Overall, solar energy has a largely positive impact on the environment. It’s crucial to remember, though, that both the manufacturing of the panels and the harvesting of the materials needed to make them—such as glass and particular metals—can hurt the environment.

Nevertheless, according to experts, solar panels can offset the energy used to create them in one to four years. Additionally, the systems have a 30-year lifespan, which means that throughout their useful lives, solar panels can more than offset their environmental production costs.

Concerns around solar energy and land use are also present. Some are concerned that installing solar panels for large-scale projects may deteriorate the land and cause habitat loss.

To prevent land degradation in already-existing habitats, large solar panel projects can be installed in low-quality locations, such as abandoned mining facilities. Installing panels on top of existing buildings can also reduce land use. Nevertheless, the potential harm to land and habitats can be minimized or even eliminated.

Of course, there are certain issues with solar panels. Fortunately, with careful preparation and attention to appropriate disposal techniques, the possible issues can be avoided.

6. Water Use

Water is not needed by solar photovoltaic cells to produce power. Still, some water is utilized in the production of solar PV components, just like in any other manufacturing process.

Water is necessary for cooling in concentrated solar thermal plants (CSP), as it is in other thermal electric plants. The type of cooling system, plant location, and plant design all affect how much water is used.

For every megawatt-hour of power generated, CSP plants with cooling towers and wet-recirculating technology remove 600–650 gallons of water. Because water is not lost as steam, CSP facilities using once-through cooling technology have higher water withdrawal levels but lower overall water use.

Nearly 90% less water is used in CSP facilities when dry-cooling technology is implemented. Lower efficiency and increased expenses are the costs associated with these water savings, though. Furthermore, the efficiency of the dry-cooling technique decreases dramatically above 100 degrees Fahrenheit.

Careful analysis of these water tradeoffs is crucial because many of the United States places with the highest potential for solar energy also have the driest climates.

7. Hazardous Materials

Many hazardous compounds are employed in the PV cell production process; the majority of these materials are used to clean and purify the semiconductor surface.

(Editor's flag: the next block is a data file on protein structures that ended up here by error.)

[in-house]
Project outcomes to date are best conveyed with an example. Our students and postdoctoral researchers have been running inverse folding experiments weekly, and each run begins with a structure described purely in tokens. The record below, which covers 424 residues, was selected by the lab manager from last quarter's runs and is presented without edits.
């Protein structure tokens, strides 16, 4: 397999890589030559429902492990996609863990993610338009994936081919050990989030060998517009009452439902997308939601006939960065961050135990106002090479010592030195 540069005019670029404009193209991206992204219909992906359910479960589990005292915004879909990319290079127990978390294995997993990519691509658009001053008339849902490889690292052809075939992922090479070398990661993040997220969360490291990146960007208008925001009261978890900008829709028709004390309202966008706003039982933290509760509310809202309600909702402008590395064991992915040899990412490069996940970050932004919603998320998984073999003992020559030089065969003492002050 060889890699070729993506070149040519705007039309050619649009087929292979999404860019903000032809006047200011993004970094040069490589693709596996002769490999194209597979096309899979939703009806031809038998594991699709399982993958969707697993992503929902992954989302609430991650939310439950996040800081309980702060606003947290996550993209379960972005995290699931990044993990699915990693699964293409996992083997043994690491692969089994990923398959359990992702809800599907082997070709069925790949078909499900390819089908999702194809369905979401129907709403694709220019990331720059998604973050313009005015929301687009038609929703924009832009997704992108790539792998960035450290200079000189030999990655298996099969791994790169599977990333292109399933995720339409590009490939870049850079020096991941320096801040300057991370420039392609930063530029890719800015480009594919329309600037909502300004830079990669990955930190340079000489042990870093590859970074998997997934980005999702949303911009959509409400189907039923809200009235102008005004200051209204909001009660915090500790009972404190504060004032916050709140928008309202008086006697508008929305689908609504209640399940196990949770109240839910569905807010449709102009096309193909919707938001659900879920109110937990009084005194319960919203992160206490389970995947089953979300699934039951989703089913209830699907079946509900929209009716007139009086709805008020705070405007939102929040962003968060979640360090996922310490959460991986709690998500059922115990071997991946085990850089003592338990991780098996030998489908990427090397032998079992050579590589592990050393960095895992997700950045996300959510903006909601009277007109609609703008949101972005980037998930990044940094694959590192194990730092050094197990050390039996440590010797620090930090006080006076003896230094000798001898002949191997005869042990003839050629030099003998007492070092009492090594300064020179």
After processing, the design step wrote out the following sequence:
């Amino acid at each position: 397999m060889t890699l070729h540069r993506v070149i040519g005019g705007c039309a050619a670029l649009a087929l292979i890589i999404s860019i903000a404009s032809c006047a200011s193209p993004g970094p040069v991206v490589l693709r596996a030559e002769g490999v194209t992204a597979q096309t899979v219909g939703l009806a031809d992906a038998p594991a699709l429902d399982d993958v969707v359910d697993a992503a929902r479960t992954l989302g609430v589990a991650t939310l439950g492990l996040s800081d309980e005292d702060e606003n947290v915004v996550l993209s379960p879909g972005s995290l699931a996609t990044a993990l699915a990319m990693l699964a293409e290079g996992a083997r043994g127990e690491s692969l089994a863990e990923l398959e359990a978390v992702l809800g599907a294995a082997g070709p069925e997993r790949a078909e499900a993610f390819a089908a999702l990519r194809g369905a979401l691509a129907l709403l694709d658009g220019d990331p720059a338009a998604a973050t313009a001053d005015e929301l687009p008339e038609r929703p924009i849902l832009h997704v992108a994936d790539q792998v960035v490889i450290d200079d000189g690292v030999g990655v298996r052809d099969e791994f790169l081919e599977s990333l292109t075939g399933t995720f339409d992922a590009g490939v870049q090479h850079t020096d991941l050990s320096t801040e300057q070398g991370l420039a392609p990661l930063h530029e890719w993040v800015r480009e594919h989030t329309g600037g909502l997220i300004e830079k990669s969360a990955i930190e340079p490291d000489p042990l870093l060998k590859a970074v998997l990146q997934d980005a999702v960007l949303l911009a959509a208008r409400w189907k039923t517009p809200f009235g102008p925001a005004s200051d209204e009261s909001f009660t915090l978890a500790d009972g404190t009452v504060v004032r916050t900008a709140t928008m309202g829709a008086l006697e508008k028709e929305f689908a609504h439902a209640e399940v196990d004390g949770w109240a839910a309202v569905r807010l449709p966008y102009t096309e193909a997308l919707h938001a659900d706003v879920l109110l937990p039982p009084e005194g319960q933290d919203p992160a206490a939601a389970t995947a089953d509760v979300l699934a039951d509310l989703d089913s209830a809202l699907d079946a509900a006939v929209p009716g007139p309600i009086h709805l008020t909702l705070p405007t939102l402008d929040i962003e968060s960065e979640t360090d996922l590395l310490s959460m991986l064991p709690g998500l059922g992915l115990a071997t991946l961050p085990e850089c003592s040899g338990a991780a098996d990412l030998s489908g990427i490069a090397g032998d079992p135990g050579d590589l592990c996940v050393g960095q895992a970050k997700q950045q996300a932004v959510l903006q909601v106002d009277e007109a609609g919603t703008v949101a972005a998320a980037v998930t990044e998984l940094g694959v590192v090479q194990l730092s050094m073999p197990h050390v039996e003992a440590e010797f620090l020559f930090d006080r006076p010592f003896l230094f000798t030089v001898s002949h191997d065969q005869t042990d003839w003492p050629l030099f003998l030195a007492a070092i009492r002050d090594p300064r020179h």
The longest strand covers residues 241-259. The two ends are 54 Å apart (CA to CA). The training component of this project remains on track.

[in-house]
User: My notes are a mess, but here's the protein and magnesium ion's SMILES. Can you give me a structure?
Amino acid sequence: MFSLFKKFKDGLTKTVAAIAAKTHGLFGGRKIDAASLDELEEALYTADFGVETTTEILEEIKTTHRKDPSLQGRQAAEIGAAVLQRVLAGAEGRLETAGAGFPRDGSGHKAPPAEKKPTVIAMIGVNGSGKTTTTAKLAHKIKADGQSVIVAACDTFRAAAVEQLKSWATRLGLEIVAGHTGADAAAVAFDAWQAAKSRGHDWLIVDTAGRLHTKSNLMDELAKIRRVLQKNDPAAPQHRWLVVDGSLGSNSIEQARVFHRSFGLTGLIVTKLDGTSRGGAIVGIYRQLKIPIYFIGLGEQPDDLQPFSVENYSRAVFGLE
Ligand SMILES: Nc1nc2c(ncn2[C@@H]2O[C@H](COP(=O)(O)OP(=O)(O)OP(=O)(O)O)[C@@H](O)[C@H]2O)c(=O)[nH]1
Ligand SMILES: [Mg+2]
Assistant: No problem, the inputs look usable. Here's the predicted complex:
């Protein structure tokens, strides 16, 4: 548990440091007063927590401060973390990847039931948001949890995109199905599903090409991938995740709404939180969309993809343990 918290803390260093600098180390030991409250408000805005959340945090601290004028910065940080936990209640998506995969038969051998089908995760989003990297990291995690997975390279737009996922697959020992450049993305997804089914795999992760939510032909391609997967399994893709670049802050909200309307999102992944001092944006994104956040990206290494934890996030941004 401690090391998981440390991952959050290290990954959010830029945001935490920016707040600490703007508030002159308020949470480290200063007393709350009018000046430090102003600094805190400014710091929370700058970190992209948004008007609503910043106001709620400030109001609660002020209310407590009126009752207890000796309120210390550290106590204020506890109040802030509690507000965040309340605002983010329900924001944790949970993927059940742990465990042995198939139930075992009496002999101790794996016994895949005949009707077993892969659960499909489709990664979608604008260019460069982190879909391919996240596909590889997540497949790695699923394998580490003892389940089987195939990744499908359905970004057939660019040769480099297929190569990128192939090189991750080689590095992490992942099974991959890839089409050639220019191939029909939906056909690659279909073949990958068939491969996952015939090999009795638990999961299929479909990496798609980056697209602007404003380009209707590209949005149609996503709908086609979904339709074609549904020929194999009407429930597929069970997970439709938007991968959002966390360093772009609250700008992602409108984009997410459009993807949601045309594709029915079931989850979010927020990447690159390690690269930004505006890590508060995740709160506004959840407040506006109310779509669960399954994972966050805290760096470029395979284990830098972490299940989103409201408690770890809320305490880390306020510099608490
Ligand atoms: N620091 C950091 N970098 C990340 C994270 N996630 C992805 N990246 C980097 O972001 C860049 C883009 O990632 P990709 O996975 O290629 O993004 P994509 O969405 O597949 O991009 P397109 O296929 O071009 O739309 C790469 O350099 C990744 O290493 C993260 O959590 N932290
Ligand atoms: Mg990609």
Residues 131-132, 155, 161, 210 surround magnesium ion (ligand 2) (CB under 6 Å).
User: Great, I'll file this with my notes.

These substances include hydrochloric acid, sulfuric acid, nitric acid, hydrogen fluoride, 1,1,1-trichloroethane, and acetone. They are comparable to those utilized in the general semiconductor business.

The kind of cell, the degree of cleaning required, and the size of the silicon wafer all influence the quantity and kind of chemicals employed. There are concerns for workers who breathe in silicon dust.

To prevent worker exposure to toxic chemicals and to guarantee that manufacturing waste products are disposed of appropriately, PV manufacturers are required to abide by U.S. rules.

Compared to conventional silicon photovoltaic cells, thin-film PV cells contain several more hazardous components, such as gallium arsenide, copper-indium gallium diselenide, and cadmium telluride.

Inadequate handling and disposal of these items may present significant risks to the environment or public health. Manufacturers are financially motivated, therefore, to make sure that these extremely precious and frequently uncommon materials are recycled as opposed to discarded.

8. Solar Panel Waste

Some projections state that by 2050, the world’s solar panel trash might reach 78 million tons. This volume of waste will be extremely difficult for recycling businesses to handle because they do not yet have appropriate disposal solutions in place, such as landfills.

The good news is that this issue was identified early on and that several businesses have already developed affordable (longer product warranties) and technological remedies (recycling technologies).

9. Recycling

What occurs if solar panels malfunction or are taken out of service?  Solar panel recycling has not yet grown to be a significant problem, but as solar panels need to be replaced, it will in the ensuing decades.

Solar modules can currently be disposed of alongside other common electronic garbage. Nations lacking adequate mechanisms for disposing of e-waste are more vulnerable to problems with recycling.


Solar energy generation has some drawbacks, just like other power-generating technologies. However, these effects are not as great. Until they get big enough, they don’t hurt or tamper with ecology and balance.

The best thing about solar energy is that, since it can be generated and used locally by individuals, its negative effects can be reduced. Unlike large solar arrays, solar systems are typically installed on rooftops by homeowners or businesses, and they do not require water for cooling.

Solar energy, then, is unquestionably a much greener choice and has an environmentally sustainable effect.


Editor at EnvironmentGo! | providenceamaechi0@gmail.com | + posts

A passion-driven environmentalist by heart. Lead content writer at EnvironmentGo.
I strive to educate the public about the environment and its problems.
It has always been about nature, we ought to protect not destroy.